Inspiring Young Readers

posted on 30 Dec 2016

Harmsen Van Der Beek (a.k.a Beek)

I know that Enid Blyton’s Noddy stories divide opinion – there are those who think of the books fondly and as an integral part of their childhood but there are also those who think they were loaded with unacceptable racial, gender and class stereotypes that are now offensive to 21st century sensibilities. I personally think both of these positions are true; it’s hard to see Noddy, Big Ears and Policeman Plod without smiling but I also find the depiction of the Gollies unpleasant.

It’s not just Blyton’s storylines that create the Noddy universe but the illustrations of Harmsen Van Der Beek – or Beek as he always signed himself – that are central to the series. Beek wasn’t the only illustrator of the Noddy books but he was probably the most immediately recognisable and the best loved – he was the key artist from the latter part of the 1940s until his death in 1953. His assistant, another Dutch artist called Peter Wienk, had worked with Beek until his death and so was perfectly placed to take over from him and continue with a recognisable style.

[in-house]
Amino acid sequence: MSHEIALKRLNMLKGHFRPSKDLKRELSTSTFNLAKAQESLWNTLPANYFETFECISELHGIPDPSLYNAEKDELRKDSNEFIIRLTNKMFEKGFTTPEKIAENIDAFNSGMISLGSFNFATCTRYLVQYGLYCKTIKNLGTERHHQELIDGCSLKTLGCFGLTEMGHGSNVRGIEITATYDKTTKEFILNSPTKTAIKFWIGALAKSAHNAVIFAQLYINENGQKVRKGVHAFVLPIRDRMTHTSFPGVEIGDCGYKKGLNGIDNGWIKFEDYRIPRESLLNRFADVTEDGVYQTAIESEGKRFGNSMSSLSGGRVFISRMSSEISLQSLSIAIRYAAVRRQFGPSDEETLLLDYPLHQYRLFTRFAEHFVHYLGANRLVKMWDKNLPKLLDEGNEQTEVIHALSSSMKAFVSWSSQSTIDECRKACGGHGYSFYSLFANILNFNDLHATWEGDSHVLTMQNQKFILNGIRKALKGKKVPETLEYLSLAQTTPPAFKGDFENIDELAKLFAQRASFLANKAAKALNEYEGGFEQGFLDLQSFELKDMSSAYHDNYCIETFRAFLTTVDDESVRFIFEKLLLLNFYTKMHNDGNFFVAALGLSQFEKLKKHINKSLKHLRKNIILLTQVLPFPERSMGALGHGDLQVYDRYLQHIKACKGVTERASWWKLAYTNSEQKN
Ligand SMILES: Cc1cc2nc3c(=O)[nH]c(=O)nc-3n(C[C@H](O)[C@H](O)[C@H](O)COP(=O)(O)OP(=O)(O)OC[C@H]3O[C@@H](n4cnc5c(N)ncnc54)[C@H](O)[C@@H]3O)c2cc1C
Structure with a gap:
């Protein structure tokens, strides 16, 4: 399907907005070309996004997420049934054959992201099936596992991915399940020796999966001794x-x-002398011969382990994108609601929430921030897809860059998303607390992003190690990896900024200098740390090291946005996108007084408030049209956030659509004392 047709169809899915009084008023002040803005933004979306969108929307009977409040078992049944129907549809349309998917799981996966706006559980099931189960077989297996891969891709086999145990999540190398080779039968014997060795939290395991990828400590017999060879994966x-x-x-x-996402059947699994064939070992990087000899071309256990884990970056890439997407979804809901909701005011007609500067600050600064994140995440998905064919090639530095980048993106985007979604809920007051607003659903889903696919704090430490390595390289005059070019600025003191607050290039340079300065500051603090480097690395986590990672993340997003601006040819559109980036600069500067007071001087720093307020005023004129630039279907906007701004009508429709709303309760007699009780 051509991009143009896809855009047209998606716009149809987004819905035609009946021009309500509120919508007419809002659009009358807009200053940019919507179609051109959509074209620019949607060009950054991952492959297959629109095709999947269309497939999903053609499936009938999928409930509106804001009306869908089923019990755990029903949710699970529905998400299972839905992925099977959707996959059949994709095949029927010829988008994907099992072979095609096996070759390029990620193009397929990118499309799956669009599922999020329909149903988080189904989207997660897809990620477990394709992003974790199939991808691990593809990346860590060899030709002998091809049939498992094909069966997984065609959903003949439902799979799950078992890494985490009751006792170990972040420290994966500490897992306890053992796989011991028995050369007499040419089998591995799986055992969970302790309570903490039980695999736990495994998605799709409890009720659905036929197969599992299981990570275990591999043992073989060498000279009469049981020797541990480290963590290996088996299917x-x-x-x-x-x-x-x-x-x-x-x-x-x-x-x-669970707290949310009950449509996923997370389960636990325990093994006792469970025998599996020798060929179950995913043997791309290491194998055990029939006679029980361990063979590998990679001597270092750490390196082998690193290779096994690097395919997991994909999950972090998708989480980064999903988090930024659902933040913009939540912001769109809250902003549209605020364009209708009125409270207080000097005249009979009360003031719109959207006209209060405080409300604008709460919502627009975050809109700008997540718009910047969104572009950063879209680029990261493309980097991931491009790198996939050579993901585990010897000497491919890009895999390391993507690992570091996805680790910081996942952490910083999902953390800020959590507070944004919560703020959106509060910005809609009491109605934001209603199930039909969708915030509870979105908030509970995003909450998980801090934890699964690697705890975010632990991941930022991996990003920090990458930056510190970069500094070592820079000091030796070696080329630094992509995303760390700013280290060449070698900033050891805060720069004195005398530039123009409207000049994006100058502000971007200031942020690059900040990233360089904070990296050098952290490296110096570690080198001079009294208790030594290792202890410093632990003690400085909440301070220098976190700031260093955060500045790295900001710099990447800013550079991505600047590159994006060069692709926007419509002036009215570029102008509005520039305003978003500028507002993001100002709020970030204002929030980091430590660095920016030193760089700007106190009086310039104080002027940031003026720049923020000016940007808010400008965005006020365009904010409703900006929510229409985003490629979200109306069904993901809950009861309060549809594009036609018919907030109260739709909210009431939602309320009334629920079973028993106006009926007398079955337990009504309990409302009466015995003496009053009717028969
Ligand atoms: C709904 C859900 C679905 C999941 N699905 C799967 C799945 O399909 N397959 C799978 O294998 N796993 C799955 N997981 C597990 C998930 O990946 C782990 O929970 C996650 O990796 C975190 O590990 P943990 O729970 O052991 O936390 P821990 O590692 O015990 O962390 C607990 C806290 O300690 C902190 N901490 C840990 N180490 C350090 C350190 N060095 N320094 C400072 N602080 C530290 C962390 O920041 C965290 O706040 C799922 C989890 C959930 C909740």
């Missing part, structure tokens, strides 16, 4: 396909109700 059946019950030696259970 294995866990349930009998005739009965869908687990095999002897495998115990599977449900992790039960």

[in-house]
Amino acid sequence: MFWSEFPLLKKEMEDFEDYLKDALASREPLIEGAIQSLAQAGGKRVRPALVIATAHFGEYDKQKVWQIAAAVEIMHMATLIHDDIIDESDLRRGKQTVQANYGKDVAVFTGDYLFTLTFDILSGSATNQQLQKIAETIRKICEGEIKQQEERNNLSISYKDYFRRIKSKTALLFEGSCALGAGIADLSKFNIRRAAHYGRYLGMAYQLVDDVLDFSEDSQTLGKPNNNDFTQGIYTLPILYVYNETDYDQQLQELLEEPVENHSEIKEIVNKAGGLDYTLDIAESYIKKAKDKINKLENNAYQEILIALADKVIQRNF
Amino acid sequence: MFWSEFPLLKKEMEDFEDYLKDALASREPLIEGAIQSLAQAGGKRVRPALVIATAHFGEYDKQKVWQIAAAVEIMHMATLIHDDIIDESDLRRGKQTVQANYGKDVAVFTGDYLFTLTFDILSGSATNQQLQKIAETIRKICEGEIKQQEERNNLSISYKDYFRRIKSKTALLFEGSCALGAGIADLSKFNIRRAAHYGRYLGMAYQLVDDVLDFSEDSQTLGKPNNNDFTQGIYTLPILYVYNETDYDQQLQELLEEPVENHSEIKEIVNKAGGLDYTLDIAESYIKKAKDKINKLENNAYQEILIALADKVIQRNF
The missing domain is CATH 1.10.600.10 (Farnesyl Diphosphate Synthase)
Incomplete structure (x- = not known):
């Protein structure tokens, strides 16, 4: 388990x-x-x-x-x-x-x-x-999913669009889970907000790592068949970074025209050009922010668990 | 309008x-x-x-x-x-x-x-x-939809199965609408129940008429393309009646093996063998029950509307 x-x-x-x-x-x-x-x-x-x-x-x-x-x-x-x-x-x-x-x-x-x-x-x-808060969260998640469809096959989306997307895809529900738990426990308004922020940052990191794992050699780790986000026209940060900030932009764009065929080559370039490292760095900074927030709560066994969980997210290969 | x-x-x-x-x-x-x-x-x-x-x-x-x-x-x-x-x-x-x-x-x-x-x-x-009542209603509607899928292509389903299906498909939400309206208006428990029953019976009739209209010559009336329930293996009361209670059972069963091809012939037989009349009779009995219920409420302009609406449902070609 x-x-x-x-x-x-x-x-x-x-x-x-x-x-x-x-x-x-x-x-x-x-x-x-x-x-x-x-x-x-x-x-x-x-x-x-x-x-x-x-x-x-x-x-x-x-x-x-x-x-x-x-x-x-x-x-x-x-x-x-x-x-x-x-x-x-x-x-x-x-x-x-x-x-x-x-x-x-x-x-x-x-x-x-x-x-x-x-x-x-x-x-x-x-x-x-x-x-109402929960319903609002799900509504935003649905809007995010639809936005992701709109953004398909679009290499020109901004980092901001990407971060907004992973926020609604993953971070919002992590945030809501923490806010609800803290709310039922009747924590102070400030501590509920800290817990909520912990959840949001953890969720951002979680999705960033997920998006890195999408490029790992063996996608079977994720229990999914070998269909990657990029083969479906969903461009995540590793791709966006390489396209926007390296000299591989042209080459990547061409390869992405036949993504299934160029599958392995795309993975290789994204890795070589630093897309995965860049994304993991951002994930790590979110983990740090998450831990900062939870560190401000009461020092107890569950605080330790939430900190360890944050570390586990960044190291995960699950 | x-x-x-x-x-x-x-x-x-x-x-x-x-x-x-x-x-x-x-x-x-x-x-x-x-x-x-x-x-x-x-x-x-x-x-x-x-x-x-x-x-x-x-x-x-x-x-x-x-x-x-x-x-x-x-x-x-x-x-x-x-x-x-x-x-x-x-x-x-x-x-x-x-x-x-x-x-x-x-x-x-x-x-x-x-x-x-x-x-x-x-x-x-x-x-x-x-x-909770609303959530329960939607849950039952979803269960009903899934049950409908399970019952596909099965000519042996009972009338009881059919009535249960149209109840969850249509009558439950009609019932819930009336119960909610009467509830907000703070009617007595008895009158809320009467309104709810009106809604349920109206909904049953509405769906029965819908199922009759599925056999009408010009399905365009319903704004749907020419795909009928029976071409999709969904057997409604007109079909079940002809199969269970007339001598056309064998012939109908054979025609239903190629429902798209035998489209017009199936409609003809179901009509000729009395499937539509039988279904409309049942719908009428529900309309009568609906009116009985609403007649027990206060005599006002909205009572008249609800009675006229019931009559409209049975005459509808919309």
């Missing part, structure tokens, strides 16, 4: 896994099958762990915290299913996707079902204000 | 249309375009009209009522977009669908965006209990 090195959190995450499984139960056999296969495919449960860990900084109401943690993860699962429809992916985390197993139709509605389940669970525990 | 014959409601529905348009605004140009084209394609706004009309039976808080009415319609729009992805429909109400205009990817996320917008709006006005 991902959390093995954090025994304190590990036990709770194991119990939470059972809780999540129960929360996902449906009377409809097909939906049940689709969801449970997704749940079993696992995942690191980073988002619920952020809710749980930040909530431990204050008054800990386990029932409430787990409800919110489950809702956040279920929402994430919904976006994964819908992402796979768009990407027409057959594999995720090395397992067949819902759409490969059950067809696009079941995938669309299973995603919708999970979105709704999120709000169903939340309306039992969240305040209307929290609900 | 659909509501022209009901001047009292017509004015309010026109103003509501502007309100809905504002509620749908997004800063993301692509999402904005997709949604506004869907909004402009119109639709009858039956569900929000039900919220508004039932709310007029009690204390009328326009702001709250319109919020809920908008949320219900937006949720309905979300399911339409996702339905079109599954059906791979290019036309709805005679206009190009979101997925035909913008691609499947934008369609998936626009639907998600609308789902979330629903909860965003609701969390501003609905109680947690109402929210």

Noddy wasn’t Beek’s first creation and he had been a successful newspaper cartoonist and commercial artist in Amsterdam during the First World War and he went on to create his own comic strip, Flipje. But he was commissioned by the British publishing house, Sampson Low to take on the Noddy project and developed a view that he might be able to create an iconic character, recognisable enough to be a European Mickey Mouse.

Beek’s style is deceptively simple relying on the use of bold, saturated colours and uncomplicated characterisation – Noddy’s world is effectively peopled by animated toys and there is no attempt to create them as in any sense ‘real’. This allows children to enter into the world without having to deal with complex emotions or ambiguous morality. This is, of course, also the problem with characters like the Gollies who simply reproduce all the dreadful ethnic stereotypes inherent in the toy (and the history of that toy).


None of this should detract from just how brilliantly successful Beek’s drawings are and just how much they have entered into the psyche of generations of children who grew up imagining themselves, however briefly, to be honorary citizens of Toytown.


Terry Potter

December 2016